Let’s start with a very hypothetical stereotype: Cosmologists make bad spouses.
In this world, your mum (and possibly grandma, probably before she died) will warn you from say, age 7, to never date anyone who aspires to be a cosmologist, and she would probably tell you specifically that marrying one should be restricted completely to the realm of day dreaming. Fair enough.
Before we conclude let’s carefully subject your mum’s advice to some rigorous meditations.
First, to conclude that cosmologists make bad spouses, most people will intuitively think about a set of the population – cosmologists that make good spouses, exactly the type anyone will die to marry. Unfortunately in this world, you have to search really hard, as you wouldn’t hear as much of these folks – this is a classic case of silence evidence.
Kindly assume the position of an alien, on your first trip to earth, you got captured by some bunch of barbarians and (unfortunately) got yourself locked up. To put icing on the cake, one of the few privileges you were granted was an unfettered access to the news, the worldwide news.
By the time you manage to escape, you will most likely conclude that all humans are violent. After all, I will be surprised if you hear as much about the peace loving folks on the news –your Muslim buddy whom we can comfortably call an angel; your Parish pastor that pray day and night for his enemies; the Vietnamese Buddhist monk that wouldn’t get angry but, rather, literally smile all day or the Canadian Sikh who has never killed an ant. These are the silent evidences.
In other words, the peace makers that doesn’t make your 10 0’clock news are, indeed, the cosmologists that make good spouses.
Quite irrational, but this makes sense from what we have learnt from cognitive psychology – an angry face is very, very easy to spot in a crowd of happy people, but you will have to try really hard to spot a single happy face among a bunch of angry faces.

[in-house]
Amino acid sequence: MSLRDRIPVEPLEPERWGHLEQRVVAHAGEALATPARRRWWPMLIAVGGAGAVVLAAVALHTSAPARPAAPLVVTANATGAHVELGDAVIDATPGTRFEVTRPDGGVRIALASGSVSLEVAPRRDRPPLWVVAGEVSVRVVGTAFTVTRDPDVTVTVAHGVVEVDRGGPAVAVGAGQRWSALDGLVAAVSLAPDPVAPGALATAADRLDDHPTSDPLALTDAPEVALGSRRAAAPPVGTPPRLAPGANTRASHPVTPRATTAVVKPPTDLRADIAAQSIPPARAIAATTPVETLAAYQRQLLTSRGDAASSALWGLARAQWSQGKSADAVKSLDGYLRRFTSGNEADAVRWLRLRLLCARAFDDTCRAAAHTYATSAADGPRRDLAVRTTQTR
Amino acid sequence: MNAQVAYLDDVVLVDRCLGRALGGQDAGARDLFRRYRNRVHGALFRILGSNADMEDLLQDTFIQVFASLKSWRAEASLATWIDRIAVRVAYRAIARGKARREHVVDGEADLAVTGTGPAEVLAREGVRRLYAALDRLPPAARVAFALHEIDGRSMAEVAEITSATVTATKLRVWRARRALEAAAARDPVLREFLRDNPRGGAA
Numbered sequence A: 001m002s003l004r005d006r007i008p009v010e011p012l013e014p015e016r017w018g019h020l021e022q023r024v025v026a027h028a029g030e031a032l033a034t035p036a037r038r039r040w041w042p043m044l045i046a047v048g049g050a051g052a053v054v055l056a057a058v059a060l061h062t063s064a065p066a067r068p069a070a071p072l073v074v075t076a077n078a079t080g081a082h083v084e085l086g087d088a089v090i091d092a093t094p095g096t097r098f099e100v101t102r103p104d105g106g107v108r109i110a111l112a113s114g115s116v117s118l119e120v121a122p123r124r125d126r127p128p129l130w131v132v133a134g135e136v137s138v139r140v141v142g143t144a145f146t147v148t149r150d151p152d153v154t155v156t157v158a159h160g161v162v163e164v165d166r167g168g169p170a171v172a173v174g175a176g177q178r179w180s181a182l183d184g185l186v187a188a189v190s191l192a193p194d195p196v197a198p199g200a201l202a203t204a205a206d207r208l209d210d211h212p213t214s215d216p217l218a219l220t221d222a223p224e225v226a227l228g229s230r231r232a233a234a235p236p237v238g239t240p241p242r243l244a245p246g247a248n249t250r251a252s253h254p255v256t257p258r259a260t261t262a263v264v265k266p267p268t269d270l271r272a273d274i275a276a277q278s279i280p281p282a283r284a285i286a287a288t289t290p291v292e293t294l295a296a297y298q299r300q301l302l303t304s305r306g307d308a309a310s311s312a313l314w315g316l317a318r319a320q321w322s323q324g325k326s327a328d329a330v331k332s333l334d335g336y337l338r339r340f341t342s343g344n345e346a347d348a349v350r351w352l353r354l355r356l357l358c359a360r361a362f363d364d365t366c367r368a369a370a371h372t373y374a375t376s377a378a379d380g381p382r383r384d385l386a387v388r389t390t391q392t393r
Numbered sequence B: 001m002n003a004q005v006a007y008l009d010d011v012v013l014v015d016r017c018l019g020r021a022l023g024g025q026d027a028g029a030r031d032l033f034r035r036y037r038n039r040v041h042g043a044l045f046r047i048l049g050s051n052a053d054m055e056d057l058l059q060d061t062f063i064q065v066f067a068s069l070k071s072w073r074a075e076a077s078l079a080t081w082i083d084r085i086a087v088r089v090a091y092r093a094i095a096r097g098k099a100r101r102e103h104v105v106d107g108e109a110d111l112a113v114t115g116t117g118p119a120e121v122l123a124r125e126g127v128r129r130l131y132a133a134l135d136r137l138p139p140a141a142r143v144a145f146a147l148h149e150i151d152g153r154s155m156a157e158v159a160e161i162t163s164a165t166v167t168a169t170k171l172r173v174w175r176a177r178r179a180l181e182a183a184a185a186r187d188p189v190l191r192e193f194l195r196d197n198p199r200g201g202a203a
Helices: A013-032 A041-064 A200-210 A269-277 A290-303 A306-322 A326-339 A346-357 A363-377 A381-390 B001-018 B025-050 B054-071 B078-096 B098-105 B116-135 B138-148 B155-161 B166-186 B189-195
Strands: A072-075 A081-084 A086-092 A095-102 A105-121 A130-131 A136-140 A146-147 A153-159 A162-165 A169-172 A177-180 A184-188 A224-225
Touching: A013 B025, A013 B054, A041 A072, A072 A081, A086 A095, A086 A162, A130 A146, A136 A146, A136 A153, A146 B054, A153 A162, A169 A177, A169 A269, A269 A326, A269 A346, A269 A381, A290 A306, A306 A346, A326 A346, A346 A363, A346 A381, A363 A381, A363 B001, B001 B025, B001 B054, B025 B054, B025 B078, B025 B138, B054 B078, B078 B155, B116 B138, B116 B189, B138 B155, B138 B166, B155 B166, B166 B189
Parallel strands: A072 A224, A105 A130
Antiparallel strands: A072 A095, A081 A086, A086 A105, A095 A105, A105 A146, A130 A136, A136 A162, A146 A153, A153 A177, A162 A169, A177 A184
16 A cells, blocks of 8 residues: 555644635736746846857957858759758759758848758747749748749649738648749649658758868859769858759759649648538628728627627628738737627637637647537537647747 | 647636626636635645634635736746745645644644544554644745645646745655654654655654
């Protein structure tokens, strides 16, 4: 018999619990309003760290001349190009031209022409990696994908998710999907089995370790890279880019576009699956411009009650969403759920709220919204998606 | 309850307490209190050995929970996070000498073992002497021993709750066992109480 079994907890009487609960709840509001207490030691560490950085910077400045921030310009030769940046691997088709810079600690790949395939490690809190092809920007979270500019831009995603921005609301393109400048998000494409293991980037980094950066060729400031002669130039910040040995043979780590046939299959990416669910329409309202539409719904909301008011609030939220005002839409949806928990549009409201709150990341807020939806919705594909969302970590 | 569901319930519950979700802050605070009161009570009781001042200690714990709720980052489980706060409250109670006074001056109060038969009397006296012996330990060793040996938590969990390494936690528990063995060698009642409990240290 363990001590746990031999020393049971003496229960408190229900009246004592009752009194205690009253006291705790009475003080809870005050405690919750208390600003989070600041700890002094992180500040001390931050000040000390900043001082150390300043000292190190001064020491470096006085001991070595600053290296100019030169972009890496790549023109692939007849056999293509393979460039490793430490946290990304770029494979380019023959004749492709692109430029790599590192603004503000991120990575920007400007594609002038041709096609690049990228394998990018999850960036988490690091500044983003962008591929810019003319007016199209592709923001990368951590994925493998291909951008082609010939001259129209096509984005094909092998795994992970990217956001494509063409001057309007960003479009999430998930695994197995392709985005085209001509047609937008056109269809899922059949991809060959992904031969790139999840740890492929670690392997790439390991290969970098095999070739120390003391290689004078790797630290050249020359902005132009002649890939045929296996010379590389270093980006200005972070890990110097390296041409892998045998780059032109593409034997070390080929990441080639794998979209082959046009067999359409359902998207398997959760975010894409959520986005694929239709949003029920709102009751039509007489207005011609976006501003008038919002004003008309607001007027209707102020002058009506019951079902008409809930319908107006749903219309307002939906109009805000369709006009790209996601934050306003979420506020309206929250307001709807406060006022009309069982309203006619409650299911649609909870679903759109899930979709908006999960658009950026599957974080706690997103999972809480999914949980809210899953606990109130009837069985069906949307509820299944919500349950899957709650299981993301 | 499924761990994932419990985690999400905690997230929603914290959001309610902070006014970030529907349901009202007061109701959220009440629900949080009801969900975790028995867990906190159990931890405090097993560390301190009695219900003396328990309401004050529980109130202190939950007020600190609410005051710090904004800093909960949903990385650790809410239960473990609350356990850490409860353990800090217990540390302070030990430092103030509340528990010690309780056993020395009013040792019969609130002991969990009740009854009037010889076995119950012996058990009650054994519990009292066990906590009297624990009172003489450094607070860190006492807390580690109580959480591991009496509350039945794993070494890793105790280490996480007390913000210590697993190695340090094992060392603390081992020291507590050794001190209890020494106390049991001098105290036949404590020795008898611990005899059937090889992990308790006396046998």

Likewise, the mere sight of a single cockroach might screw up your dinner, and possibly, you end up sleeping with an empty stomach, unfortunately a single spoon of your dinner has absolutely no effect on a bunch of cockroaches. Friends, there is an apparent priority for the propagation of bad news, put that in mind.
But it doesn’t stop at that, we can do better.
There are other two sets of the population that are not as intuitive but equally important: People who are not cosmologists that make bad spouse and people who are not cosmologist that make good spouse (I will refer to these group as non-cosmologists, other people in the population minus cosmologists).
If a voodoo doctor on your street approached me and claims to be able to predict the future with edge-bleeding precision, there are 4 sets of data I will be curious to have.
First, I will ask for his track record – 1) what he has predicted that came to past. 2) What he predicted that did not come to past (silent evidence). 3) Events he did not predict that came to past anyways. And even weirder, 4) Events he did not predict that never happened.
Stay with me on this, … let’s switch back to your mum’s advice:
Let us call the number cosmologists that make bad spouse, q
Cosmologists that make good spouse, r
Non-cosmologists that make bad spouse, p
And finally, non-cosmologists that make good spouse, s.
Since we are judging cosmologists comparatively with other people in the world, in order to confirm an association between cosmologists and poor performances in marriage, the following expression must hold: q/r > p/s
That is the ratio of cosmologists that make bad spouse to cosmologists who do not must be greater than the same ratio among non-cosmologists.
Therefore, when q/r > p/s, we will conclude that cosmologist are doing worse compared to the rest of the population when it comes to the marriage business.
On the other hand, when q/r < p/s, we can say that there are more people who are not cosmologists that are doing a very bad job in their marriages compared to cosmologists on a relative basis. From this statistical point of view, mummy and grandma might be wrong.
q/r = p/s Deadlock!
Our social world is complex, we clearly have no capacity to subject every single person we meet to an independent scrutiny, that is why we have stereotypes, to guide us through our decision making process rather rapidly. However, we inherently fall into the trap of generalization during this process.
Therefore it makes perfect sense to stick to our stereotypes when time is an enemy especially when that is coupled with taking highly consequential decisions. In a less-stressed situation, a back-of-the-envelope calculation will most likely not help us (there is simply no such data), however, the logic of these thoughts should make us, at the very least, consider what we might have shoved away as a result of poor thinking about stereotype.